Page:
“…Gould sailed for the Argentine, via Europe, to execute, the projects which had been taking shape in his mind since 1865. Narrowly escaping entanglement in the Franco-Prussian War of 1870, he arrived at Buenos Aires as the southern winter was changing into spring and found his destination still far away. Proceeding by boat up the La Plata to Rosario, and thence northwestward by a newly constructed railway across the pampas, he found in Cordoba, the site chosen for his work, a mediaeval Spanish city of 30,000 people, set down in the new world but perpetuating in it the life and ideas of a bygone time. Capable of supporting life in a primitive but fairly comfortable fashion, the place was almost wholly devoid of accessories for a scientific establishment. Mechanical facilities of every kind, light, power, machinery, and skilled labor were almost unknown, and local assistance was of small avail save for the aid given by one or two Cordobans who had been educated in Europe.”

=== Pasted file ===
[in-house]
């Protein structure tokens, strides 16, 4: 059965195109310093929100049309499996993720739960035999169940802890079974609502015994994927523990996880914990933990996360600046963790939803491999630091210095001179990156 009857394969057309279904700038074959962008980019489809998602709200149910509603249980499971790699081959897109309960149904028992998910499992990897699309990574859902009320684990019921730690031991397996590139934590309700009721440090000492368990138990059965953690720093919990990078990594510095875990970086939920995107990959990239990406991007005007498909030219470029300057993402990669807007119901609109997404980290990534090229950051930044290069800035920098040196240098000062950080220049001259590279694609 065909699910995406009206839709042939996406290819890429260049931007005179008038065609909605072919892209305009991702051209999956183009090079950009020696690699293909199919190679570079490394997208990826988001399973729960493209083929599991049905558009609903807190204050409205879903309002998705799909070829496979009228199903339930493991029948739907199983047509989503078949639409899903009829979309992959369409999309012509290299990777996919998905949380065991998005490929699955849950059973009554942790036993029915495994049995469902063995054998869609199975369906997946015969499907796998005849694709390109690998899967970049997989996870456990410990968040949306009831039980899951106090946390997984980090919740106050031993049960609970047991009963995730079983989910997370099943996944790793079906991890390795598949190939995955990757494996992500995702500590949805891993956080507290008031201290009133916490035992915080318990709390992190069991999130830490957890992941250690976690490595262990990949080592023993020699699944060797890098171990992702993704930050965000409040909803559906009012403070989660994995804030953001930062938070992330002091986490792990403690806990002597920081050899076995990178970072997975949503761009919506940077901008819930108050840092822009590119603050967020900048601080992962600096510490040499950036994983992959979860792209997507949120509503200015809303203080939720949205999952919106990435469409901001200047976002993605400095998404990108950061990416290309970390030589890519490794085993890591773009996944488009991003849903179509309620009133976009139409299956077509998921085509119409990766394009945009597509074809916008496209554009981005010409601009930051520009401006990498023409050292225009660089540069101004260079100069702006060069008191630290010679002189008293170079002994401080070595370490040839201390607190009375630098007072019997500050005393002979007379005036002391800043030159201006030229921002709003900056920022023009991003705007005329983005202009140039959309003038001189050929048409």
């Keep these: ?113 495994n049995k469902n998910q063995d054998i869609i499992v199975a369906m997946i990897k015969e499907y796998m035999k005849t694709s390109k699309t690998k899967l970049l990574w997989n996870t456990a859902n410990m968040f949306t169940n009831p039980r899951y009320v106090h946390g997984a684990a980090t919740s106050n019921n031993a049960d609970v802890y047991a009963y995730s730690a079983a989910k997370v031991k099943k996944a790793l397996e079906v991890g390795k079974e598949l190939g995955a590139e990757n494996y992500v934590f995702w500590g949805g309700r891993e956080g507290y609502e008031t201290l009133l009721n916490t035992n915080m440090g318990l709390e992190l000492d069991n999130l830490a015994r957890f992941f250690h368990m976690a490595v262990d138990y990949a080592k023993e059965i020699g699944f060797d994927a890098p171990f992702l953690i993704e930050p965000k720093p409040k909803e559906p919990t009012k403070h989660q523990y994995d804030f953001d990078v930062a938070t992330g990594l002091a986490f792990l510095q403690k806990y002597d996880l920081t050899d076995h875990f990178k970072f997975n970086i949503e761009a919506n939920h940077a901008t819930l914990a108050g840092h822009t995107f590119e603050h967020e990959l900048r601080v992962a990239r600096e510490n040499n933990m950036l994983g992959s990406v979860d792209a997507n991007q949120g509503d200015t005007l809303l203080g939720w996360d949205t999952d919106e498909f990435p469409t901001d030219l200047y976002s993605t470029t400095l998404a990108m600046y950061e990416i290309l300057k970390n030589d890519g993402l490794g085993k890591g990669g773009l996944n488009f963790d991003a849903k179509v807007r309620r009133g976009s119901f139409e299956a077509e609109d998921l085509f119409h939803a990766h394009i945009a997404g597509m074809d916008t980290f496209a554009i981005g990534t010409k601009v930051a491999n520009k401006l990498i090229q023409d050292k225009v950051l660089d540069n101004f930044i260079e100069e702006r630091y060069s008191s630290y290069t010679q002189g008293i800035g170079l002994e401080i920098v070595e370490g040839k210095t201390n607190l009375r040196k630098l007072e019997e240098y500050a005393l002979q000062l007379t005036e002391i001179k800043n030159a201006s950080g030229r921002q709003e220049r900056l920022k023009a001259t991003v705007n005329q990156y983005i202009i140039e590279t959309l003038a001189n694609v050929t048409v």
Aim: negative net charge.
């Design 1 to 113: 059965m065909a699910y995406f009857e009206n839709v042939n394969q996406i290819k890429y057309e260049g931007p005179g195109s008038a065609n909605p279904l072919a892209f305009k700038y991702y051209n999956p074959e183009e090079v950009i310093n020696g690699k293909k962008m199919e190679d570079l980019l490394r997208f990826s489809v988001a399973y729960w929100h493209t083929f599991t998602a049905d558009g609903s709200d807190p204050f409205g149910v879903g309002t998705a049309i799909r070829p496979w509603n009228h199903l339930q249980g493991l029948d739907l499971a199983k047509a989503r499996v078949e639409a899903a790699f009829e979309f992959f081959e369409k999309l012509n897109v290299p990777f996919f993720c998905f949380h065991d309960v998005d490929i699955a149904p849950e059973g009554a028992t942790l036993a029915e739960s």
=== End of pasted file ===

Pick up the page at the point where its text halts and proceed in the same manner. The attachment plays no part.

During a ten year period at Cordoba, from the summer of 1872 until the winter of 1882, Gould and his assistants took hundreds of photographs of 35 of the most well known Open Star Clusters visible from the Southern hemisphere; including ‘Ptolemy’s Cluster’ (M6), the ‘Butterfly Cluster' (M7) and the ‘Jewel Box’ Cluster (Kappa Crucis). The two famous Northern Hemisphere Clusters the ‘Pleiades’ (M45) and the ‘Praesepe’ (M44), were also photographed.

Using these photographs Gould obtained accurate measurements of the positions of their brightest members, down to about magnitude 10.5. This mammoth effort marked the true beginning of Photographic Astrometry, and paved the way for the even greater challenge of using photography to map the entire sky, but that as they say is another story.